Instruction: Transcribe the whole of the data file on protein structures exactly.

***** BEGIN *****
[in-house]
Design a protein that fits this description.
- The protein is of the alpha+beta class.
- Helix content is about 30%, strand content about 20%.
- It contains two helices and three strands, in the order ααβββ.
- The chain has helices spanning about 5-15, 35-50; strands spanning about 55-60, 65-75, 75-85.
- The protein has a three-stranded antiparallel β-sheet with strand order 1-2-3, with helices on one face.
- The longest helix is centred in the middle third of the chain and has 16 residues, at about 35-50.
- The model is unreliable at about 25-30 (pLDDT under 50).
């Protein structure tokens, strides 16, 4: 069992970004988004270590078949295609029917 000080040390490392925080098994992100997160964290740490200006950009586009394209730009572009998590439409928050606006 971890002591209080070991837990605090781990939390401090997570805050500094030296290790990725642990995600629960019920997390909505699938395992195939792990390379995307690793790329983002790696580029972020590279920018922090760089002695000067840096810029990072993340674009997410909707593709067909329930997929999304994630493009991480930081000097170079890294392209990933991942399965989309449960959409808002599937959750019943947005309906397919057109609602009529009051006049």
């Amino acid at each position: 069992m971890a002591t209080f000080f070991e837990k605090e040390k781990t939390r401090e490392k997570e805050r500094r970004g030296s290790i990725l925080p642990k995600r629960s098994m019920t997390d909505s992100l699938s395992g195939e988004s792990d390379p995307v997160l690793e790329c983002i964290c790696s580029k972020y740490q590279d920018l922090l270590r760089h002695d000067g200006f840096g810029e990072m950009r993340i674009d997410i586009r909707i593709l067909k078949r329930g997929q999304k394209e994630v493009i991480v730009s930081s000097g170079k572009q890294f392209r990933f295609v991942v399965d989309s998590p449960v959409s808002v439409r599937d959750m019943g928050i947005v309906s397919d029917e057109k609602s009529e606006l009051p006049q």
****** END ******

[in-house]
Design a protein that fits this description.
- The protein is of the alpha+beta class.
- Helix content is about 30%, strand content about 20%.
- It contains two helices and three strands, in the order ααβββ.
- The chain has helices spanning about 5-15, 35-50; strands spanning about 55-60, 65-75, 75-85.
- The protein has a three-stranded antiparallel β-sheet with strand order 1-2-3, with helices on one face.
- The longest helix is centred in the middle third of the chain and has 16 residues, at about 35-50.
- The model is unreliable at about 25-30 (pLDDT under 50).
């Protein structure tokens, strides 16, 4: 069992970004988004270590078949295609029917 000080040390490392925080098994992100997160964290740490200006950009586009394209730009572009998590439409928050606006 971890002591209080070991837990605090781990939390401090997570805050500094030296290790990725642990995600629960019920997390909505699938395992195939792990390379995307690793790329983002790696580029972020590279920018922090760089002695000067840096810029990072993340674009997410909707593709067909329930997929999304994630493009991480930081000097170079890294392209990933991942399965989309449960959409808002599937959750019943947005309906397919057109609602009529009051006049």
């Amino acid at each position: 069992m971890a002591t209080f000080f070991e837990k605090e040390k781990t939390r401090e490392k997570e805050r500094r970004g030296s290790i990725l925080p642990k995600r629960s098994m019920t997390d909505s992100l699938s395992g195939e988004s792990d390379p995307v997160l690793e790329c983002i964290c790696s580029k972020y740490q590279d920018l922090l270590r760089h002695d000067g200006f840096g810029e990072m950009r993340i674009d997410i586009r909707i593709l067909k078949r329930g997929q999304k394209e994630v493009i991480v730009s930081s000097g170079k572009q890294f392209r990933f295609v991942v399965d989309s998590p449960v959409s808002v439409r599937d959750m019943g928050i947005v309906s397919d029917e057109k609602s009529e606006l009051p006049q």